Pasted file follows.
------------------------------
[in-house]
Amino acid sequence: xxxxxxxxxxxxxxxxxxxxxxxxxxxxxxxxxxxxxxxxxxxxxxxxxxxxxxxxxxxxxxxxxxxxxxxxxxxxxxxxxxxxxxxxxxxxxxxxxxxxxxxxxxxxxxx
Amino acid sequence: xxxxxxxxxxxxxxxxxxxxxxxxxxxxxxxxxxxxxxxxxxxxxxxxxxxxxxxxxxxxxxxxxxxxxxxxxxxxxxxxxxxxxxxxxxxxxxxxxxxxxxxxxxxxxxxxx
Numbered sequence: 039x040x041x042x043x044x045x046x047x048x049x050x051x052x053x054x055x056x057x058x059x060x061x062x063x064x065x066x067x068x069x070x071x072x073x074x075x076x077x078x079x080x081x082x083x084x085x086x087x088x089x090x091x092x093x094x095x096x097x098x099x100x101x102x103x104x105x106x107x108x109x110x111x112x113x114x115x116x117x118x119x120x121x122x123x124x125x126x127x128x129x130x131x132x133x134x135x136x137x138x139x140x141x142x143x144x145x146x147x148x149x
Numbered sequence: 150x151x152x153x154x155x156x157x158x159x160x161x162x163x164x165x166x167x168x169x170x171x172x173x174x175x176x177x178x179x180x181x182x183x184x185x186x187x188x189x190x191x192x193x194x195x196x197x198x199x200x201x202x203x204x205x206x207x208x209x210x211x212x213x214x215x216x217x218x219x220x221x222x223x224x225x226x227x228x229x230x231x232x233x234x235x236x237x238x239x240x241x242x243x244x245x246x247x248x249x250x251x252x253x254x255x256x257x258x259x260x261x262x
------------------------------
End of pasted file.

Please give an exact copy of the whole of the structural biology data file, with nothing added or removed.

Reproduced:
[in-house]
Amino acid sequence: xxxxxxxxxxxxxxxxxxxxxxxxxxxxxxxxxxxxxxxxxxxxxxxxxxxxxxxxxxxxxxxxxxxxxxxxxxxxxxxxxxxxxxxxxxxxxxxxxxxxxxxxxxxxxxx
Amino acid sequence: xxxxxxxxxxxxxxxxxxxxxxxxxxxxxxxxxxxxxxxxxxxxxxxxxxxxxxxxxxxxxxxxxxxxxxxxxxxxxxxxxxxxxxxxxxxxxxxxxxxxxxxxxxxxxxxxx
Numbered sequence: 039x040x041x042x043x044x045x046x047x048x049x050x051x052x053x054x055x056x057x058x059x060x061x062x063x064x065x066x067x068x069x070x071x072x073x074x075x076x077x078x079x080x081x082x083x084x085x086x087x088x089x090x091x092x093x094x095x096x097x098x099x100x101x102x103x104x105x106x107x108x109x110x111x112x113x114x115x116x117x118x119x120x121x122x123x124x125x126x127x128x129x130x131x132x133x134x135x136x137x138x139x140x141x142x143x144x145x146x147x148x149x
Numbered sequence: 150x151x152x153x154x155x156x157x158x159x160x161x162x163x164x165x166x167x168x169x170x171x172x173x174x175x176x177x178x179x180x181x182x183x184x185x186x187x188x189x190x191x192x193x194x195x196x197x198x199x200x201x202x203x204x205x206x207x208x209x210x211x212x213x214x215x216x217x218x219x220x221x222x223x224x225x226x227x228x229x230x231x232x233x234x235x236x237x238x239x240x241x242x243x244x245x246x247x248x249x250x251x252x253x254x255x256x257x258x259x260x261x262x